12 Ways To Tell If Your College Is An Indoctrination Mill.

Cult directions

Did Your College Indoctrinate You? Share Your Stories!

On Thursday, Rick Santorum warned us that colleges and universities are “indoctrination mills” that turn the faithful into the faithless. He cited a thought reformation rate of 62 percent.

With a rate this high, we must all know at least one person who lost their faith in college! The indoctrination techniques that are being used in this broad-based conspiracy must be serious psychological tactics, the kind of tactics used by cults.

Therefore, I’m looking for anecdotes of college/university indoctrination or attempts at indoctrination. As a helpful guide, I went to HowStuffWorks.com for some insight on what the cults do. If colleges and universities are using these same techniques, I think this could be a good place to find clues that may indicate that you or someone you know were indoctrinated while in college. I’ve adapted the following list from the HowStuffWorks.com article, staying as close to the article’s descriptions as I could.

12 WAYS THAT YOUR COLLEGE/UNIVERSITY MAY HAVE INDOCTRINATED YOU OR SOMEONE YOU KNOW

1. If you (or someone you know) were tricked into going to college and committing to a lifestyle that you didn’t understand, were misled about the true expectations of the college, and had your consciousness altered by the college through meditation, chanting, or drug use, you may have been indoctrinated.

2. If the college cut you off from the outside world or did not allow you to have unsupervised contact with the outside world, kept you from talking to other new recruits, and told you that outsiders are dangerous and wrong, you may have been indoctrinated.

3. If the college demanded absolute, unquestioning devotion, loyalty and submission and systematically destroyed your sense of self, you may have been indoctrinated.

4. If the college controlled every minute of your waking time, allowing you no free time to think or analyze, you may have been indoctrinated.

5. If the college told you what to eat, what to wear, when to sleep and did not allow you to make any decisions, you may have been indoctrinated.

6. If the college devalued and criticized your special talents; if it punished doubts, assertiveness, or remaining ties to the outside world through criticism, guilt, and alienation; if it made you feel evil for asking questions; you may have been indoctrinated.

7. If the college kept you hungry, sleepy, off-balance and confused, you may have been indoctrinated.

8. If the college pressured you to publicly confess sins and then viciously ridiculed you for being evil but accepted you back when you acknowledged devotion to the college as the only path to salvation, you may have been indoctrinated.

9. If you feel like your only family is the college and you have nowhere else to go, you may have been indoctrinated.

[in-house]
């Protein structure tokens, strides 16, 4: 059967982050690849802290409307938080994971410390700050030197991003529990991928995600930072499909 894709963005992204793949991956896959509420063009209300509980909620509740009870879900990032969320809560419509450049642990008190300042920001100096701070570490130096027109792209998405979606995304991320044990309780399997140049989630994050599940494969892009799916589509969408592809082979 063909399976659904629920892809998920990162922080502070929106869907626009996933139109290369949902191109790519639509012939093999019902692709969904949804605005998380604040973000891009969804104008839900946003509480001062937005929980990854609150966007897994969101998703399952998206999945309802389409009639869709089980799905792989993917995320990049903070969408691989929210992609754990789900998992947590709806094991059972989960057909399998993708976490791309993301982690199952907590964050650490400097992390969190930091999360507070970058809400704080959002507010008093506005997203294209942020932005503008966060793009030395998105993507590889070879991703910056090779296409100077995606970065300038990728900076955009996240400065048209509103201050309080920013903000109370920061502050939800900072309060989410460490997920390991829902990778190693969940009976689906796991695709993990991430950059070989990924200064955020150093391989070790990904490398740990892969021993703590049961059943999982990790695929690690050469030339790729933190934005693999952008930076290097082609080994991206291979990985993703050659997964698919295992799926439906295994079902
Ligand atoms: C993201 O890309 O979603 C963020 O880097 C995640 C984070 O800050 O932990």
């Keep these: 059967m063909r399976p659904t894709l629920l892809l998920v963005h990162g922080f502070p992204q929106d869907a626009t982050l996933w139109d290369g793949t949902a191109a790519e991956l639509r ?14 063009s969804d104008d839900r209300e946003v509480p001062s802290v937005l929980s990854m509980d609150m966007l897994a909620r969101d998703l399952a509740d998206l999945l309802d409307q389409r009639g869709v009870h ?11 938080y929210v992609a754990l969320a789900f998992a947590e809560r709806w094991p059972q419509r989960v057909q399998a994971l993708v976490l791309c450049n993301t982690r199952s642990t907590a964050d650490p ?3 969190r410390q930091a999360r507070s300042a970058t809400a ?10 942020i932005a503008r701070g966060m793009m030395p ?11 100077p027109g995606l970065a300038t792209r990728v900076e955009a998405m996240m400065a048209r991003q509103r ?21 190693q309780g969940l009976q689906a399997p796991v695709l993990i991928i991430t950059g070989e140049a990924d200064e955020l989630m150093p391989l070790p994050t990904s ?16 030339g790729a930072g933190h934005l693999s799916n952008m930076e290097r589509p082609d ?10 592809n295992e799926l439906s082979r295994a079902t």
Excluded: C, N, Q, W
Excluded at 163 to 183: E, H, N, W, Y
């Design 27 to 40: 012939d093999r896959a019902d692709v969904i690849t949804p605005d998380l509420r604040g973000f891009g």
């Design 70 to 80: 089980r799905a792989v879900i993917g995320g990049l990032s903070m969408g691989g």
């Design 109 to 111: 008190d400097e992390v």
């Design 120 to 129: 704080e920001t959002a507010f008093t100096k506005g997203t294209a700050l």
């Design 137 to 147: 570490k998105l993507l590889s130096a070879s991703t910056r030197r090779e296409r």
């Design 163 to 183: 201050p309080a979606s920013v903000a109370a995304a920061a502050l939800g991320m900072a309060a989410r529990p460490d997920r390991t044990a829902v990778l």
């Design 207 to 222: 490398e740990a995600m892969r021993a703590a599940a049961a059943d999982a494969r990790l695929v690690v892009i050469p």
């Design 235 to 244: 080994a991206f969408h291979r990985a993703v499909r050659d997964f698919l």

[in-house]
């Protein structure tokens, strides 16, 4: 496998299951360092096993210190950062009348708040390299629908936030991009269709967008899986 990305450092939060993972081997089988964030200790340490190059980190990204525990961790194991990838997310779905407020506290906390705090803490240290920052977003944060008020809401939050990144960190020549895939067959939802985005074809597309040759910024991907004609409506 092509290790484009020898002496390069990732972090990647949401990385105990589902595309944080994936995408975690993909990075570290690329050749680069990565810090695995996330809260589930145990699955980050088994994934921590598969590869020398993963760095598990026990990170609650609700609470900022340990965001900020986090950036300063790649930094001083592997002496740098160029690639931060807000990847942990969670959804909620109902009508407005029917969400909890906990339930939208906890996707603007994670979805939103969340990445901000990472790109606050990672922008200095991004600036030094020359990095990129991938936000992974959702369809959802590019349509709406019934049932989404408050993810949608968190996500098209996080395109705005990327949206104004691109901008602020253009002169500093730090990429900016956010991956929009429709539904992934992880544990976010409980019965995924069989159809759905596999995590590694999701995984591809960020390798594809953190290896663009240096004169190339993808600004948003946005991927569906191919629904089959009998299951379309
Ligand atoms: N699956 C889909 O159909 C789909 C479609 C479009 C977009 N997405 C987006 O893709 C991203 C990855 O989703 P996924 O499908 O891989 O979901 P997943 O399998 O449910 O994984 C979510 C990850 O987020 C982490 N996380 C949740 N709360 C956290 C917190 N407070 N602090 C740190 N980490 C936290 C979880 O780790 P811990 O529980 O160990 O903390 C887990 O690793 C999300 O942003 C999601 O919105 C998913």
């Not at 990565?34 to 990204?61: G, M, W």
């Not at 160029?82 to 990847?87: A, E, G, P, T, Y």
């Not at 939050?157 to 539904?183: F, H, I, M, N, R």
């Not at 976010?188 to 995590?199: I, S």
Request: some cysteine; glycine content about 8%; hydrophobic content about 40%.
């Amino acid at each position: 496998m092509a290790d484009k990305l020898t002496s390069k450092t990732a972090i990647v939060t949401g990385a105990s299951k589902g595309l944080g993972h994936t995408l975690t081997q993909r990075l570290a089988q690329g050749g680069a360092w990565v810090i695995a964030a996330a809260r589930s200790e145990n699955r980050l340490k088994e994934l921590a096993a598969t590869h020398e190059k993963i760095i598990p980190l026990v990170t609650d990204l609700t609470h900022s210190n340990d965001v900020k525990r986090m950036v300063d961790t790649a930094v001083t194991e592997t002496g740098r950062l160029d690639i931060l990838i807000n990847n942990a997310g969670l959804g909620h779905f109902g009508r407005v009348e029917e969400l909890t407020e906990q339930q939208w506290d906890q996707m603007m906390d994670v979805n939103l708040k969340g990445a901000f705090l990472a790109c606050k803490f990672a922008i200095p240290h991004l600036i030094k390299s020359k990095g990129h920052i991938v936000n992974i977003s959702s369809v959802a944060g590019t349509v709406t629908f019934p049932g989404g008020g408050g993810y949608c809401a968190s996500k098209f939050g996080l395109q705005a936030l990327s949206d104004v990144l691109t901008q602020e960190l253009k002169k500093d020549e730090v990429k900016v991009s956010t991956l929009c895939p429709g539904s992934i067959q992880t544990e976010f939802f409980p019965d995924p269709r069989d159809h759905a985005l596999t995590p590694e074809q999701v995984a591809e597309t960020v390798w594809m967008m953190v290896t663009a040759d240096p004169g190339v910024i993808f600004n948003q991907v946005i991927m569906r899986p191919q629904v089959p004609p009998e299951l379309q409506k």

10. If you can only access necessities through the college and you are denied food, water, social interaction, a toilet*, and protection from the outside world if you misbehave, you may have been indoctrinated.

11. If you believe you will face eternal damnation if you leave the college, you may have been indoctrinated.

12. If you thought you could leave the college but you never did because college is the only place that feels safe and leaving just feels wrong and you are still experiencing these indoctrinating tactics because indoctrination never ends but you’ve accepted this as normal – it’s too late, you’ve been indoctrinated.

I hope this list is helpful. Personally I have not experienced any of these things but perhaps I somehow escaped it!

If you have an indoctrination story, please share. If we are to save ourselves, our children and our country from indoctrination, we will need to have some idea of what the experience might be like.

*HowStuffWorks.com didn’t mention a toilet. I added that part because any college that would deny necessities like food and water would surely also deny a toilet. I think.

Image: Cult directions by kevin dooley, on Flickr

It’s All Part of a Pattern

Cassiopeia A: Cassiopeia A in Many Colors

Humans are pattern detection machines.

We’ve evolved everything we needed to detect the patterns that mattered to our survival and reproduction. Our brains assemble the patterns to create our reality.

Then our minds match the patterns up to meaningful heuristics that are already stored in the brain. Patterns are nothing without meaning so we search for meaning.

If we’ve already learned a meaning for a pattern, great! We match the pattern to the meaning.

If we haven’t learned a meaning, we search. Or, dangerously, we misapply a different meaning.

It is meaning that is the most important. Wisdom is born from the accumulation of correct meanings.

Image from Flickr Commons: Cassiopeia A: Cassiopeia A in Many Colors by Smithsonian Institution